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jurisdiction of a bishop, the bishop is subject to the king in his real spiritual character; and therefore by the constitution of our laws, the king is more than merely the fupreme head of the civil establishment of religion. In answer to this it may be said, that the king's appointment to a bishoprick operates in a similar manner, as does the presentation of a lay patron to a living ; the clerk appointed cannot acquire any cure of fouls or spiritual charge, if he be not properly ordained; and his jurisdiction no more exceeds the limits of his parish, than that of a bishop does those of his diocese ; yet from the alliance between church and state, where there is a civil establishment of religion, the civil and the spiritual power so far accom

modate themselves to each other, as to Original difri- avoid any confusion from their respective

jurisdictions; and this has been always attended to in all Christian countries, where the Christian religion had acquired a civil establishment, as it is clearly and constitutionally explained in a book published in the year 1701, commonly attributed to bifhop Fleetwood.

* « The apostle's commision reaching to

bution of dioceles.

• Account of Church Government and Goverpors, p. 39, & feq.

all

all parts of the world, and they being commanded to make all nations disciples, to go into all the world, and to preach the gospel to every creature, (Matt. xviii. 19.) could not be long fixed to any one place; yet it was necessary that pastors and teachers should be settled among

all believers, who might continue to instruct and teach them, to offer up prayers for them in the public assemblies, and to administer the facrament to them. Hereupon they ordained them elders in every church ; (Acts i. 14. 23.) that is, a bishop with a competent number of presbyters and deacons to assist him, as will be evident from what shall be said hereafter. (Heb. xii. 7. 17.) These were rulers of the church wherein they were placed, and the people were commanded to obey them. Bur though they were rulers, yet their authority extended nos cyer the whole church, but only that Rock over which the Holy Ghost (Acts xx. 28.) had made them overseers or bishops. They were fixed to a particular place, and the fpiritual government of all persons within those limits was committed to them; and in this division into particular districts (which was prudential at the apostles discretion) the general division of the empire was observed. It was necesary that particular churches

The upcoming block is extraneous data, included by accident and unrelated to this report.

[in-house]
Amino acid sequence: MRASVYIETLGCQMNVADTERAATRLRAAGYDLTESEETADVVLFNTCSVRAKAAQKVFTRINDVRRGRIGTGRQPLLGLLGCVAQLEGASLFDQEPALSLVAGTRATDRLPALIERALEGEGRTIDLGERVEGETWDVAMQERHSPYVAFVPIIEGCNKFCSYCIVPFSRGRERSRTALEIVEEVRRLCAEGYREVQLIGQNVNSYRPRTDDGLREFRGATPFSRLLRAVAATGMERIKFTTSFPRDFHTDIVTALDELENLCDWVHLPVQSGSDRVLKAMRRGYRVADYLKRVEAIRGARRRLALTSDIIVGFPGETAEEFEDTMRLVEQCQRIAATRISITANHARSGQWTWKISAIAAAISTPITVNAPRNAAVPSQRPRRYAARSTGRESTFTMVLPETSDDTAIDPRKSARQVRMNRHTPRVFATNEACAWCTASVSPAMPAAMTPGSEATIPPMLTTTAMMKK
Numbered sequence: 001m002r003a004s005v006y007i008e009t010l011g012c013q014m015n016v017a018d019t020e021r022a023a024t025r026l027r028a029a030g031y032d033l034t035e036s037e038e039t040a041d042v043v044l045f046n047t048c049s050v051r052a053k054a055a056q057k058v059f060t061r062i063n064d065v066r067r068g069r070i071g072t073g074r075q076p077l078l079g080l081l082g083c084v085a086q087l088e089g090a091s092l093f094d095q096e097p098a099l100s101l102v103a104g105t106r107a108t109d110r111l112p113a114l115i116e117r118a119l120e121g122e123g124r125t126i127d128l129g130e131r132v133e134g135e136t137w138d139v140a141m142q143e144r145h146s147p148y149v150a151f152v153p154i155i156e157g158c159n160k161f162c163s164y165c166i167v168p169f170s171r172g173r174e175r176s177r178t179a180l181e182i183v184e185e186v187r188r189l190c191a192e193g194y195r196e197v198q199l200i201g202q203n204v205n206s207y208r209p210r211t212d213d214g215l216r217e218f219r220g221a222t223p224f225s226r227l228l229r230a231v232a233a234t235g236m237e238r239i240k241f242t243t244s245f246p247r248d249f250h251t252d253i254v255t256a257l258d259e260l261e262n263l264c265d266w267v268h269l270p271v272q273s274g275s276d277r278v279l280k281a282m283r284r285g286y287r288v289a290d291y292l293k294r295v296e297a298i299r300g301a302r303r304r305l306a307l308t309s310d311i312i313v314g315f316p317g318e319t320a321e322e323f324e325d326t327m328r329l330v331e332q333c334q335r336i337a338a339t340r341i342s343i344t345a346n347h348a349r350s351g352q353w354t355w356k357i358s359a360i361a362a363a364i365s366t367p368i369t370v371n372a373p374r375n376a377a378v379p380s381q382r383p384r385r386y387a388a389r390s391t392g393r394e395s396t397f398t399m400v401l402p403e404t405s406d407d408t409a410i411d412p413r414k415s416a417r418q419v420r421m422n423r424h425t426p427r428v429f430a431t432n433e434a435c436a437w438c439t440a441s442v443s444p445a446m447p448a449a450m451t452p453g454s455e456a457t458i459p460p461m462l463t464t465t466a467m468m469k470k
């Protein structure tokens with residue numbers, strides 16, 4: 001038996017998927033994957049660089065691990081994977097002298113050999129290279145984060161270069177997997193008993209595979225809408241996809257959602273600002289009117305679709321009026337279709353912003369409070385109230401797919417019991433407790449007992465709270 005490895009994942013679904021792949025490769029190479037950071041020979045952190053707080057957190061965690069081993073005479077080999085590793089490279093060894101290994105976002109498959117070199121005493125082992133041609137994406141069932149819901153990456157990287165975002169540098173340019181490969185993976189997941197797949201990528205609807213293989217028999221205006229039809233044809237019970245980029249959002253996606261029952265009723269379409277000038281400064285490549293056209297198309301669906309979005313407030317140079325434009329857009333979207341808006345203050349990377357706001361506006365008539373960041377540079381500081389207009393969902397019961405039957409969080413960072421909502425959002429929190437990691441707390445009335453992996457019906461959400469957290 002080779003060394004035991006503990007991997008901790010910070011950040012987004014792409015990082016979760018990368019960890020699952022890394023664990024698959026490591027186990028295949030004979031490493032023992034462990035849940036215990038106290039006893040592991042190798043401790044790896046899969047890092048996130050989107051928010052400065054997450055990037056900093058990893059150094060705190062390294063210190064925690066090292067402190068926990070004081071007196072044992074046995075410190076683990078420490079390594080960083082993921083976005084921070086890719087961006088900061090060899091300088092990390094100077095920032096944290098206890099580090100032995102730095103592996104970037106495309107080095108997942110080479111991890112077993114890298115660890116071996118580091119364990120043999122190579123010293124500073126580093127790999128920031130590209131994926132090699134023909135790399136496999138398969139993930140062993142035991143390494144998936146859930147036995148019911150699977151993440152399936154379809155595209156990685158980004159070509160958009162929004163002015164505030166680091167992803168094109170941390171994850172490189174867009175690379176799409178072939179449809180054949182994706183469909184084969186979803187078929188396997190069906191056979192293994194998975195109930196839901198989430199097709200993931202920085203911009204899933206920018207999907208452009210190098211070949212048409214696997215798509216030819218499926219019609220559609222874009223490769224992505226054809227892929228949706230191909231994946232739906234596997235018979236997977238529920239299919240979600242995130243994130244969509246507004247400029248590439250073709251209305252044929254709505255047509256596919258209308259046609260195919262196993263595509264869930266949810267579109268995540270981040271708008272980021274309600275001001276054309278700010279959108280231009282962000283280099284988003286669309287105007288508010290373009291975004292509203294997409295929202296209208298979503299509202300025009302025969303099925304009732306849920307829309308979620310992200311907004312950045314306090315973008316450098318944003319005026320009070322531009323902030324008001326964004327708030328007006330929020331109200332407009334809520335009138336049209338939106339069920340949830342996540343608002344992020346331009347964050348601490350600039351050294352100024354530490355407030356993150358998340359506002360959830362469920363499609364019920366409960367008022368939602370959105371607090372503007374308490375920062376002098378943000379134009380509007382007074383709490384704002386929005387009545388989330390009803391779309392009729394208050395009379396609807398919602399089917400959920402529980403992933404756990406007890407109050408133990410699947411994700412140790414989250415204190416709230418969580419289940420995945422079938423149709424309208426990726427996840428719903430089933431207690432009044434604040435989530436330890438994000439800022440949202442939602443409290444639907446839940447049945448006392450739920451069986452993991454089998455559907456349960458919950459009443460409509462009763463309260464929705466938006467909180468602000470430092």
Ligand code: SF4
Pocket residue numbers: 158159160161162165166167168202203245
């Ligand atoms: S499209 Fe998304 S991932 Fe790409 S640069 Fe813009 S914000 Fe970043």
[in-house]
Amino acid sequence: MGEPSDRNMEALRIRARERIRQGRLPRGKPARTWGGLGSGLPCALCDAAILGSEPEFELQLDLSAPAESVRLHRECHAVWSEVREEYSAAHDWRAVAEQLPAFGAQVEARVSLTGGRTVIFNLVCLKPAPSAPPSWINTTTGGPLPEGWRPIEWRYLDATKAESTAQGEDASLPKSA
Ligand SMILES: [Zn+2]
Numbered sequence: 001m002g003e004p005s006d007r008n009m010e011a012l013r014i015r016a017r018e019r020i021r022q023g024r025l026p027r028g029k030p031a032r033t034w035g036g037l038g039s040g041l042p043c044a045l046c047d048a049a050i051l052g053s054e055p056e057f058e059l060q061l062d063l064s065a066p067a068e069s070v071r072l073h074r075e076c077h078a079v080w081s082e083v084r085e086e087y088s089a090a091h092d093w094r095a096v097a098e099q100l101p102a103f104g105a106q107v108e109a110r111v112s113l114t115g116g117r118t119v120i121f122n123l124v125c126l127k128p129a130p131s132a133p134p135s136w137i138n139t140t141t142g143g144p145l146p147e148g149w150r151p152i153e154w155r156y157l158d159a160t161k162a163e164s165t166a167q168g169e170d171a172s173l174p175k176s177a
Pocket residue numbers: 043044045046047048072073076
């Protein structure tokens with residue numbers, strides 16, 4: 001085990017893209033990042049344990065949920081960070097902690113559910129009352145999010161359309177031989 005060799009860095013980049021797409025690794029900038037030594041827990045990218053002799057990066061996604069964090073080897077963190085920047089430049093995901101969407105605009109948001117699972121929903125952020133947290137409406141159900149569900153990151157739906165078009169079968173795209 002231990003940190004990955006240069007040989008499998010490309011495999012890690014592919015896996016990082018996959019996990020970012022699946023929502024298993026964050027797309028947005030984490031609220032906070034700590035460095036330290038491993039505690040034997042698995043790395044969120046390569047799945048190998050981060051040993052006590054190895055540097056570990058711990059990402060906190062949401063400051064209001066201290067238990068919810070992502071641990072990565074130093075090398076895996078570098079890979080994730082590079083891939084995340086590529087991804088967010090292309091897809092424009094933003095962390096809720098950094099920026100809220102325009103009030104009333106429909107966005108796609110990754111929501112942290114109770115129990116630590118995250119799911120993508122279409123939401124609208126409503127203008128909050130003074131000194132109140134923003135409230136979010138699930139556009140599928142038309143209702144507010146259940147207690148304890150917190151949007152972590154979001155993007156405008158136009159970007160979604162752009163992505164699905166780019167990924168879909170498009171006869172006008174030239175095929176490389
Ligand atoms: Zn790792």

fhould

divifion gene

should be circumscribed within certain bounds; but it was indifferent where those boundaries should be fixed. The apostles therefore took the limits already laid out for them, and accordingly settled churches, and either (Tit. i. 1. 5.) ordained themselves, or appointed others to ordain elders in every city,

or city by city, as Dr. Hammond renders it. The spiritual

And herein they thought it expedient strictly rally accommo- to observe the imperial division; so that the civil divifion of council of Calcedon decreed, (6 Can. 17.) dioceses.

that if the emperor should change the condition of a city by his authority, the order of the parish churches should follow the civil constitution. Thus the power of these elders was confined within the compass of that particular city and its territories, where they were ordained to minister; and all within those limits were under their care and jurisdiction. They were, indeed, bishops and presbyters of the universal church, (for the true church is but one and the same in all parts of the world) but for the sake of decency and order, and that each pastor might know his own peculiar Aock, it was necessary, that the catholic church should be divided into particular churches,” For * " whilst our Sa

• Account of Church Government and Governors, p. 36, 37

viour lived on earth, he ruled and governed his church personally; and though the apostles could preach, and baptize, and pronounce remission of sins, which is the priests office now, yet could they not perform the functions of the episcopal office, to give others a commission to preach the gospel. But when Christ was risen, and ready to ascend into heaven, then he enlarged the apostolic power, and gave them authority to collect and sattle churches, and to give commissions to others, as he himself had done. As my Father bath fent me, says he, even fo I send you. And when he had said this, be breatbed on them, saying, receive ye the Holy Ghoft. (Joh. XX. 21.)”

СНАР.

C H A P. XI.

OF THE PREROGATIVES OF THE CROWN.

IT

More disputes about the title to the prerogatives, than about the prerogatives themselves.

T may be generally remarked, that the

difference or difpute between most writers, is not so much about the prerogatives of the crown, as about the right and title to them. I have already endeavoured to render my opinion upon this matter unequivocal and explicit ; and the consequence of that opinion is, that as a member of the community, I entertain the most dutiful attachment to the person, in whom the community vests the executive

power of the legislature, and the most awful and respectful deference for the diftinguished and exalted properties, prerogatives, and powers, with which the community has found it adviseable to dignify him. Mr. Acherley, in a sort of allegorical exposition or direction of what this supreme head of the body ought to be, says, * « That the first and most excellent estate, or supreme head of this great body, should be a political supreme office, to guide and conduct the rest, and, for that reason, should be raised

. Britannic Conftitution, p. 39.

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